Leah Jamieson: Expanding the definition of engineering education

Leah H. Jamieson is the John A. Edwardson Dean of the College of Engineering at Purdue University. Trained in electrical engineering and computer science, Dr. Jamieson is an expert in speech processing, parallel processing, and computing. In the field of engineering education, she is best known for her work in creating the Engineering Projects in Community Service (EPICS) program at Purdue. Founded in 1995, EPICS was one of the first undergraduate integrated design programs at an engineering institution in the United States.

The profile below was authored by Dara R. Fisher, Harvard University, based on an interview with Dr. Jamieson in 2014.

Dr. Leah H. Jamieson

John A. Edwardson Dean, College of Engineering
Purdue University

Ph.D., Electrical Engineering and Computer Science, Princeton University, 1977
M.S.E., Electrical Engineering and Computer Science, Princeton University, 1974
M.A., Electrical Engineering and Computer Science, Princeton University, 1974
B.S., Mathematics, Massachusetts Institute of Technology, 1972

Discovering engineering education

My first involvement in what I would call “engineering education work” happened a few years after I became an assistant professor. I had been hired at Purdue as one of six faculty members hired to build a computer engineering program, and a couple of us were given responsibility for the Introduction to Computing and Programming course. Up until that point, this had been a very traditional lecture course, and as we started our work with this class, we began to think about how we could update the course to put more responsibility for learning upon the students themselves.

As we were assuming responsibility for this computing and programming course, John Lindenlaub, a senior faculty member in the College of Engineering, was becoming increasingly interested in issues of engineering education. He became involved with our project and—together with several graduate students—we designed and implemented interactive online testing for specific concepts within the course. Using this system, we were able to make a large programming class individualized for each particular student, allowing us to move away from the traditional format of introductory classes.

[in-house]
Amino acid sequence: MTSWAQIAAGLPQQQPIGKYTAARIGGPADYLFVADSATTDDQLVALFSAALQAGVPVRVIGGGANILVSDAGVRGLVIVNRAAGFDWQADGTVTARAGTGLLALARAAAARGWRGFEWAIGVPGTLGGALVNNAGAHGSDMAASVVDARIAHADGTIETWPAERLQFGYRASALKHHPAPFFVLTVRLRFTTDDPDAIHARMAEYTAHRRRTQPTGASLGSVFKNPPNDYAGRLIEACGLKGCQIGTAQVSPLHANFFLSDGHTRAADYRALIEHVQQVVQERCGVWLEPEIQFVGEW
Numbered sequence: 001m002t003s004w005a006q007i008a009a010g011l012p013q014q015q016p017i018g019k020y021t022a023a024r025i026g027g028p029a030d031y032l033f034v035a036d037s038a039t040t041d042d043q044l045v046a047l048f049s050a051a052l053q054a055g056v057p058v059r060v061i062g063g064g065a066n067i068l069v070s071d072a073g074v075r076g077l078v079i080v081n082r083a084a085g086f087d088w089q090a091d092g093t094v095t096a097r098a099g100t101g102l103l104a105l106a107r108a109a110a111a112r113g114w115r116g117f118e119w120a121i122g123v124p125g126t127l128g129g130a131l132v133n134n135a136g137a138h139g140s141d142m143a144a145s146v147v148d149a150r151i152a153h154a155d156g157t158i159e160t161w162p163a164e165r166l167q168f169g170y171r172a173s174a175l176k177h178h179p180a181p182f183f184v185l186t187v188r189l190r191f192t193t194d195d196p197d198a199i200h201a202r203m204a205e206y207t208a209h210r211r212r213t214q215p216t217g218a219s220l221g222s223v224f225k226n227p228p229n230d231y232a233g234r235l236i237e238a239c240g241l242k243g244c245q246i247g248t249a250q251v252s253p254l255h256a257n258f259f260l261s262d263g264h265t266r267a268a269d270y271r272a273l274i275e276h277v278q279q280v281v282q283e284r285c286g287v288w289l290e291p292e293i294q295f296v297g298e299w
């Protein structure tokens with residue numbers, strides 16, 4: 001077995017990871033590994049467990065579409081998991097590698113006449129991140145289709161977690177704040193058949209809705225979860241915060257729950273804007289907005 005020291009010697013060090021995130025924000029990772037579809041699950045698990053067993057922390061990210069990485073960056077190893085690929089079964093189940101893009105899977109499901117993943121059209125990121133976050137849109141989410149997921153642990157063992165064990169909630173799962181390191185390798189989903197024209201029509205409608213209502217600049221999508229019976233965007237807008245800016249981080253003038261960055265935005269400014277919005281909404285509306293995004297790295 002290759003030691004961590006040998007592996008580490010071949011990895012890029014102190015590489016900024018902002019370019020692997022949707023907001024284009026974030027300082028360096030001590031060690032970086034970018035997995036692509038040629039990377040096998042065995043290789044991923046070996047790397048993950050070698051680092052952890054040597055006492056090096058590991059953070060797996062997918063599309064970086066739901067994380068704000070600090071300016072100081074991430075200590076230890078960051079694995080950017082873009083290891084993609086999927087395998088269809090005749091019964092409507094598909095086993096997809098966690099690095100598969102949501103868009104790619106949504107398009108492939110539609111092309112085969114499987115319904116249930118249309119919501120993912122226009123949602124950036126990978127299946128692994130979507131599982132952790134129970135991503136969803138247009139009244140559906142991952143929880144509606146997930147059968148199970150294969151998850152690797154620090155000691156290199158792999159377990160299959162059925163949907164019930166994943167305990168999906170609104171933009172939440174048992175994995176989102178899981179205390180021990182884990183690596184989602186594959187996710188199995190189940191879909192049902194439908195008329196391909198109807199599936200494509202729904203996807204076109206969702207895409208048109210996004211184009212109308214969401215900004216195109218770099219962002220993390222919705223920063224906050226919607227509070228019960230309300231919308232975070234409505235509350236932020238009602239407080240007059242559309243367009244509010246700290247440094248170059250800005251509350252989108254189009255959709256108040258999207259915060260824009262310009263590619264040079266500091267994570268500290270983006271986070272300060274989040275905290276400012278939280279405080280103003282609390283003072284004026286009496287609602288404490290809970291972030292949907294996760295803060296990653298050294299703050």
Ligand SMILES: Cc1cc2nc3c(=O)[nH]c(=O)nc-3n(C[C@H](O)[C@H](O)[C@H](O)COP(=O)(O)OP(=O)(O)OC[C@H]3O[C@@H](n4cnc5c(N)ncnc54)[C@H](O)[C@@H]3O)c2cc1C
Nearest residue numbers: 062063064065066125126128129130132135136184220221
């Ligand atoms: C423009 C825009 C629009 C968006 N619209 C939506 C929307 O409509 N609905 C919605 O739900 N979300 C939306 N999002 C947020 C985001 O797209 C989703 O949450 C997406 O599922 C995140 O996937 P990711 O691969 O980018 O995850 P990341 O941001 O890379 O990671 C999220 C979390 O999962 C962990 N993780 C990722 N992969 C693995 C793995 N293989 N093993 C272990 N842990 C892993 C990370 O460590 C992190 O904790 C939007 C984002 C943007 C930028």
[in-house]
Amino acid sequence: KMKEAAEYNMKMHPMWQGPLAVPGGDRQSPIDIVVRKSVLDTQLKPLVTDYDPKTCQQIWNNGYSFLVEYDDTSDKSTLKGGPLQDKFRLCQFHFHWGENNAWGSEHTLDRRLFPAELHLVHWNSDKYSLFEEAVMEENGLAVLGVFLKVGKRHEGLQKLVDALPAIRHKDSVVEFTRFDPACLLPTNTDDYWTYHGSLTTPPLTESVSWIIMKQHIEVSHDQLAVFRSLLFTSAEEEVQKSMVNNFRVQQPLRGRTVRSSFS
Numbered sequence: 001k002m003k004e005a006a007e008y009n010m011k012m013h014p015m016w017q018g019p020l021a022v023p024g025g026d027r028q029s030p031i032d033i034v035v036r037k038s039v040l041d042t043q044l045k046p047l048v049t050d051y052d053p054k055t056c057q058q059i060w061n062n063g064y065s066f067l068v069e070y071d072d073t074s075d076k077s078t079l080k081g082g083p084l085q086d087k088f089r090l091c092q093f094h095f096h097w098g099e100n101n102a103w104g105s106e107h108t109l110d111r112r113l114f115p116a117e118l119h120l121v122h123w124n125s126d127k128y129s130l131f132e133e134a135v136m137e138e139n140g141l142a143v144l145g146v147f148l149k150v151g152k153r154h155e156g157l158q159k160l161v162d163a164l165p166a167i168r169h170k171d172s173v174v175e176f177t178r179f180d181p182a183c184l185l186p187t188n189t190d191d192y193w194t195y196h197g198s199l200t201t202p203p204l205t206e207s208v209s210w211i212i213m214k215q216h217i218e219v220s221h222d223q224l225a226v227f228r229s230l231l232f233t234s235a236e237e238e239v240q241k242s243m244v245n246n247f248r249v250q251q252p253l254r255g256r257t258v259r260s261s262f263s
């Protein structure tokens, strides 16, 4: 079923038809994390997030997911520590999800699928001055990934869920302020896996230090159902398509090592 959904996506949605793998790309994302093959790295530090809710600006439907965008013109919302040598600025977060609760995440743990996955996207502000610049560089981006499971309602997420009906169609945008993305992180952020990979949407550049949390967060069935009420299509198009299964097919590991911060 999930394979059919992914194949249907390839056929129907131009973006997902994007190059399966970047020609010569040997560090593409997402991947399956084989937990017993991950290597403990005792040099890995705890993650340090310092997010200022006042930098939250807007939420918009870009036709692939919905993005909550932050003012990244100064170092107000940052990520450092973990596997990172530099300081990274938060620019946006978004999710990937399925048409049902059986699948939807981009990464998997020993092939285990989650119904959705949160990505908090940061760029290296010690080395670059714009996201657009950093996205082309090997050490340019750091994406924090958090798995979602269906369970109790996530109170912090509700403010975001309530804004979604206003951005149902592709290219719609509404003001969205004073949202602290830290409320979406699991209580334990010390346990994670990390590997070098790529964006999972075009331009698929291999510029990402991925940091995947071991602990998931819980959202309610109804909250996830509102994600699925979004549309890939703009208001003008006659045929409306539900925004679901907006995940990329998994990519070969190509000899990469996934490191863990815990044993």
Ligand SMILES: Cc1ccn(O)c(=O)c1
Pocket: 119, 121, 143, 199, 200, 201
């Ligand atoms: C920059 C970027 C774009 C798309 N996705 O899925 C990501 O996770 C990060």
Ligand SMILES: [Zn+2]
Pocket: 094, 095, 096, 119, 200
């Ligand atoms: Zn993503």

Before this work with John Lindenlaub, all of my educational experiences had been through traditional courses, and this collaboration challenged me to critically examine why lab or lecture courses are taught the way they are taught. For me, our work with this class really planted seeds in my mind regarding the impacts of interactive learning and interactive testing; ultimately, it was this experience working with an incredible senior faculty mentor that caused me to discover that there is such a thing as “engineering education work.”

Finding the gap in undergraduate engineering education

In the early 1990s, companies were starting to express concerns regarding the state of undergraduate engineering programs, claiming that graduates had great technical skills but lacked experience in communication, teamwork, and interdisciplinary collaboration. One summer, four or five other faculty members and I decided to use the luxury of the term break to spend some time brainstorming about what we as a community could do differently to address some of these criticisms. We identified many broad skills we’d like to see in our students, such as leadership, communication, and teamwork, in addition to more specific traits such as resourcefulness and a hands-on approach to engineering work. Together, our discussions led us to conclude that these skills are not things you could learn in a one-semester course or even a one-year course; we believed that you certainly don’t wait until you’re a senior to suddenly learn how to be a good communicator.

So together we started building this idea of vertically integrated projects, where students would be on a team working on a project that was so exciting that they would be motivated to come back and work on it semester after semester. At this point in time, team-focused projects were not particularly common in engineering curricula, and the idea of engaging students in design coursework throughout their undergraduate experience was fairly revolutionary. Together, we began to build a credit and teaching structure, but then it really felt like we hit a brick wall as we struggled to find projects that were exciting enough to retain a student’s interest over multiple semesters or multiple years. We tried to collaborate with Purdue’s corporate relations team to find contacts in industry with ideas or support for potential projects, but we made very little progress. We just could not get traction with this idea.

So we walked away from this project for a while; it stayed at the back of some of our minds, but we just couldn’t find the right project to fit our idea. About two years after our initial brainstorming, we received a request for proposals from the Corporation for National Service, soliciting proposals that would engage students more deeply in their communities. And it was like a light bulb; it really was one of those rare moments that felt like a light bulb. We had found our projects.